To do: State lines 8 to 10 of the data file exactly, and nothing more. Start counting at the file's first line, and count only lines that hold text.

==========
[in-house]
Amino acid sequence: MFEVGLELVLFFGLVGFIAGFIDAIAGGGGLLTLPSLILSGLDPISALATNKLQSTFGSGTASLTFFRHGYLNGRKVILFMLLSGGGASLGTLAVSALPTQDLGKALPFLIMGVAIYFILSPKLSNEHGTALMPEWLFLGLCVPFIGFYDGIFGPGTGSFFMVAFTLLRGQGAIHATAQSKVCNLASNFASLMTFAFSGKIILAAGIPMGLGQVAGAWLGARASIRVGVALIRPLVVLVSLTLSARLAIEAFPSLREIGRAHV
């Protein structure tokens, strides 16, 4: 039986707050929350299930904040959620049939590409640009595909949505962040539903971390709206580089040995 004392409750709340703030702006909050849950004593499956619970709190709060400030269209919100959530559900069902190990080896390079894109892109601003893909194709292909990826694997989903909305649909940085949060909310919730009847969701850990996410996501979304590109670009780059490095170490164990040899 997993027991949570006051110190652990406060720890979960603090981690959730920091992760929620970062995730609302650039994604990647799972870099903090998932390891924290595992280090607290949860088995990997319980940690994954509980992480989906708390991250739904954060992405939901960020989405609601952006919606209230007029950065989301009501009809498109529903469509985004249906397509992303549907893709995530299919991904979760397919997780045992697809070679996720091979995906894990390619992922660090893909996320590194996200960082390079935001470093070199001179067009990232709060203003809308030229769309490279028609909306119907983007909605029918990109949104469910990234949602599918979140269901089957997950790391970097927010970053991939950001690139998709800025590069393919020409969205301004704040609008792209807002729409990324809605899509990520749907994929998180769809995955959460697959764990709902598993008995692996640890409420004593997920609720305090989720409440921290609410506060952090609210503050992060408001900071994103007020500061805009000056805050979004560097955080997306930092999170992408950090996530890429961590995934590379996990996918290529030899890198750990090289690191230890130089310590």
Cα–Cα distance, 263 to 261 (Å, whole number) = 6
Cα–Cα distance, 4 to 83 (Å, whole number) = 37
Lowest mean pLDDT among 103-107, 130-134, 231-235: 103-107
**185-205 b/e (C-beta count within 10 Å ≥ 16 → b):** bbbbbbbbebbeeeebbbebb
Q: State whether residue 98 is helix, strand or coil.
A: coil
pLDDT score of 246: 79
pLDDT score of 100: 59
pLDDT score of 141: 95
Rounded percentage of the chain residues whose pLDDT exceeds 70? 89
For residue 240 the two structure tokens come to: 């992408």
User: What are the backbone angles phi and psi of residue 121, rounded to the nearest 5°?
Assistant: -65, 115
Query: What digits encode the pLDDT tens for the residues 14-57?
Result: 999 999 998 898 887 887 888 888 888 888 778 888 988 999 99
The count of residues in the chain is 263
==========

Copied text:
Q: State whether residue 98 is helix, strand or coil.
A: coil
pLDDT score of 246: 79